Understandings of the senses underwent a radical reimagining toward the last few decades of the eighteenth century in Britain, a shift evident in the domains of philosophy, physiology, politics, and the arts. Sound played a pivotal role in many of these engagements with post-Lockean empiricism, as vibration and sympathy became widespread metaphors for mental activity, shared sentiments, and aesthetic experiences. This interdisciplinary conference brings together musicologists, literary scholars, and historians under the framework of sound studies to consider the changing understandings of sound, including music and noise, in Britain at the cusp of the nineteenth century.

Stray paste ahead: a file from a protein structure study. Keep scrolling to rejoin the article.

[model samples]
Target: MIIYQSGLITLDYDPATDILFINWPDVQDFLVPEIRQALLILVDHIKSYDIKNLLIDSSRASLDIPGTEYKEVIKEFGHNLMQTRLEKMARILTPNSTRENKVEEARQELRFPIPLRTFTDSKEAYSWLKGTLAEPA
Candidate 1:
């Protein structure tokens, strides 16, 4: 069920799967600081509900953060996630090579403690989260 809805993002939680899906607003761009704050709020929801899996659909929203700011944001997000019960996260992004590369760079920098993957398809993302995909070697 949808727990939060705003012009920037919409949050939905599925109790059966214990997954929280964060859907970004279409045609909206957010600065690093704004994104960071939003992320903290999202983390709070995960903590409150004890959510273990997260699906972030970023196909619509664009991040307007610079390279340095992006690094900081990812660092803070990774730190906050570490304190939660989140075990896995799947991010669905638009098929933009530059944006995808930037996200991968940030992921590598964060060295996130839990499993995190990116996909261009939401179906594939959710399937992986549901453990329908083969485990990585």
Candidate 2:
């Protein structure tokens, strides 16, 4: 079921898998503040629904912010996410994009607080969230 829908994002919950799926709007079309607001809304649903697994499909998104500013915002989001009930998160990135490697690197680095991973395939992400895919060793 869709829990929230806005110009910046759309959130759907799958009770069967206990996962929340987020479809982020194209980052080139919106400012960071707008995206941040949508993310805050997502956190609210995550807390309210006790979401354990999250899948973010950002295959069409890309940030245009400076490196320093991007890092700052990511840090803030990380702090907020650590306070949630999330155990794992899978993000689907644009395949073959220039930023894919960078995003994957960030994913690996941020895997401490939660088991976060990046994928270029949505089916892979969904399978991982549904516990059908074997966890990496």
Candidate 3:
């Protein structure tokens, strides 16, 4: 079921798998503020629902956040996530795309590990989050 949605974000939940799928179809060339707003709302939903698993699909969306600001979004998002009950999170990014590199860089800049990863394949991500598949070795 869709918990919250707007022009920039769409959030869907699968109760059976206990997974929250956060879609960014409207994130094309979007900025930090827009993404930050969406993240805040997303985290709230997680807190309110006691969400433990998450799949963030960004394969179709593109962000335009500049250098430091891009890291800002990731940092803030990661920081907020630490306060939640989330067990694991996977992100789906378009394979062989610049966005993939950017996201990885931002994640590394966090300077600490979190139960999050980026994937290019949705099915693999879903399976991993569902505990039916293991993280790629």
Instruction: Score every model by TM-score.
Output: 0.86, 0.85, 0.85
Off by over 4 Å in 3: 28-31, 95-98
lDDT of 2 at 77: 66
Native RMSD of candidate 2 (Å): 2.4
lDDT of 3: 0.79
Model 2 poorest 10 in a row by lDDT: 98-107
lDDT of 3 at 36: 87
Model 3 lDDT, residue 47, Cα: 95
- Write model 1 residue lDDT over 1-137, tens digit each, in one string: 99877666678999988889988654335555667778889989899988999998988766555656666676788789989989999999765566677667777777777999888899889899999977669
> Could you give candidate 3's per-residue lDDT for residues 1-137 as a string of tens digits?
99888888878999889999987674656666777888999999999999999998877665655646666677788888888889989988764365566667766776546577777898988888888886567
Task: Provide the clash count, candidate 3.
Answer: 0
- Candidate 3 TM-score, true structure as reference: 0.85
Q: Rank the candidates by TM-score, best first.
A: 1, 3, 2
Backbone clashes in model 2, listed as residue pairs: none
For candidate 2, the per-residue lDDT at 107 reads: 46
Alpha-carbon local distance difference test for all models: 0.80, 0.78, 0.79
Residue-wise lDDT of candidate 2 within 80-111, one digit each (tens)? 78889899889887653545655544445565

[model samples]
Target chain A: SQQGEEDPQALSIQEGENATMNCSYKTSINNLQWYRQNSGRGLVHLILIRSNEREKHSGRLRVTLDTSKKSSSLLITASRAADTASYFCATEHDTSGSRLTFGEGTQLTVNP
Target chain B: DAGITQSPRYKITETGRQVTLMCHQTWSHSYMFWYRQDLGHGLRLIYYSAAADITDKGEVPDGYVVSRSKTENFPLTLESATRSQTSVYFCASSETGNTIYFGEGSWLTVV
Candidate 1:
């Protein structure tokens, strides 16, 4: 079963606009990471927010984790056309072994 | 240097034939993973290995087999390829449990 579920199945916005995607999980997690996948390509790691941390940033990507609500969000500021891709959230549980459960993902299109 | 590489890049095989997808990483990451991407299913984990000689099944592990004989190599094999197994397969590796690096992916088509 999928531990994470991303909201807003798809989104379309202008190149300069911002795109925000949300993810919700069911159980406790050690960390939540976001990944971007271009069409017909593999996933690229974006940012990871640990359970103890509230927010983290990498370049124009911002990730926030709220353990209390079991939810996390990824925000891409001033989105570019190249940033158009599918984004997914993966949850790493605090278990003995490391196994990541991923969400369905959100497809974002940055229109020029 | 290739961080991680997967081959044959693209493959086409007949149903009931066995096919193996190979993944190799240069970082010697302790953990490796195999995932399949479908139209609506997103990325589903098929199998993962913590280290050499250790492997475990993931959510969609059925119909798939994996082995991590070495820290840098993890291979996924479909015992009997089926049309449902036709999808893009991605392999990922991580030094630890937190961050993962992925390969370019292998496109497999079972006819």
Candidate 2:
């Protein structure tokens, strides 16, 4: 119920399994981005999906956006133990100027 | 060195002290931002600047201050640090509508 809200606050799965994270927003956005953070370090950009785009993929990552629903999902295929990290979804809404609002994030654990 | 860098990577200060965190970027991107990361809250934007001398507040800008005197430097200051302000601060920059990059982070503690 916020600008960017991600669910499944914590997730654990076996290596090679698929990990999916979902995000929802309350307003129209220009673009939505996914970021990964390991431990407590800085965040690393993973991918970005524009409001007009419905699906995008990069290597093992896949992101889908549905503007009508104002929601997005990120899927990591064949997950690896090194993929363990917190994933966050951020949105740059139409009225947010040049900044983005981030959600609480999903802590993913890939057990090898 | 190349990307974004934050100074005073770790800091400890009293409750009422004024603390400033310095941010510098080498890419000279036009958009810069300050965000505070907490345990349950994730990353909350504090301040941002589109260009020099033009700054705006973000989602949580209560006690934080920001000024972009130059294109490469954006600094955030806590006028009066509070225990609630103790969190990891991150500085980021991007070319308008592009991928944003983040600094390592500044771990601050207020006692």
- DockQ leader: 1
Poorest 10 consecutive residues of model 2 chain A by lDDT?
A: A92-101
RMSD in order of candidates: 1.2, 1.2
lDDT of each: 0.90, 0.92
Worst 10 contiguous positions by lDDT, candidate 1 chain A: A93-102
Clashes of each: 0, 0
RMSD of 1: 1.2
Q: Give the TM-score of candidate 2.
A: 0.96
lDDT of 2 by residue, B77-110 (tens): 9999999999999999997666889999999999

Please visit the conference website for more information.
Carmel Raz, Columbia University
James Grande, Kings College London